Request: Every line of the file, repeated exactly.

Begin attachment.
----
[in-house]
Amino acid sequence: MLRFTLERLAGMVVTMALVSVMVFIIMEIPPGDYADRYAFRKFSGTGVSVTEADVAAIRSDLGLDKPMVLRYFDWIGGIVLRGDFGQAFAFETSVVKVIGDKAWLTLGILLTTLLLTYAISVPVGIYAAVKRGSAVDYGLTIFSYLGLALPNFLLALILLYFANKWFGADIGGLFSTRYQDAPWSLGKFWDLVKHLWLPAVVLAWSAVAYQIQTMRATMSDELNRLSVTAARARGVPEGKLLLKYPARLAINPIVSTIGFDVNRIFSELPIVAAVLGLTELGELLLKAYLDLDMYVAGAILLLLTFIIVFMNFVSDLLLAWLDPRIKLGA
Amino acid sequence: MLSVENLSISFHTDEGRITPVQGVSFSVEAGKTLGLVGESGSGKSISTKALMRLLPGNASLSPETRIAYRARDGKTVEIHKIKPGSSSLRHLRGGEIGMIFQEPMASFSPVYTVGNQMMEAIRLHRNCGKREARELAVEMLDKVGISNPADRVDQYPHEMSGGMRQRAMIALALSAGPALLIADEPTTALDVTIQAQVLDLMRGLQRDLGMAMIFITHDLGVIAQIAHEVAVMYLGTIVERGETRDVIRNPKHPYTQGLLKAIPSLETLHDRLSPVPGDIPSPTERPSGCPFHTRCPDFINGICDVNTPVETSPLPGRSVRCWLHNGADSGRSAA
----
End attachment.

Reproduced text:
[in-house]
Amino acid sequence: MLRFTLERLAGMVVTMALVSVMVFIIMEIPPGDYADRYAFRKFSGTGVSVTEADVAAIRSDLGLDKPMVLRYFDWIGGIVLRGDFGQAFAFETSVVKVIGDKAWLTLGILLTTLLLTYAISVPVGIYAAVKRGSAVDYGLTIFSYLGLALPNFLLALILLYFANKWFGADIGGLFSTRYQDAPWSLGKFWDLVKHLWLPAVVLAWSAVAYQIQTMRATMSDELNRLSVTAARARGVPEGKLLLKYPARLAINPIVSTIGFDVNRIFSELPIVAAVLGLTELGELLLKAYLDLDMYVAGAILLLLTFIIVFMNFVSDLLLAWLDPRIKLGA
Amino acid sequence: MLSVENLSISFHTDEGRITPVQGVSFSVEAGKTLGLVGESGSGKSISTKALMRLLPGNASLSPETRIAYRARDGKTVEIHKIKPGSSSLRHLRGGEIGMIFQEPMASFSPVYTVGNQMMEAIRLHRNCGKREARELAVEMLDKVGISNPADRVDQYPHEMSGGMRQRAMIALALSAGPALLIADEPTTALDVTIQAQVLDLMRGLQRDLGMAMIFITHDLGVIAQIAHEVAVMYLGTIVERGETRDVIRNPKHPYTQGLLKAIPSLETLHDRLSPVPGDIPSPTERPSGCPFHTRCPDFINGICDVNTPVETSPLPGRSVRCWLHNGADSGRSAA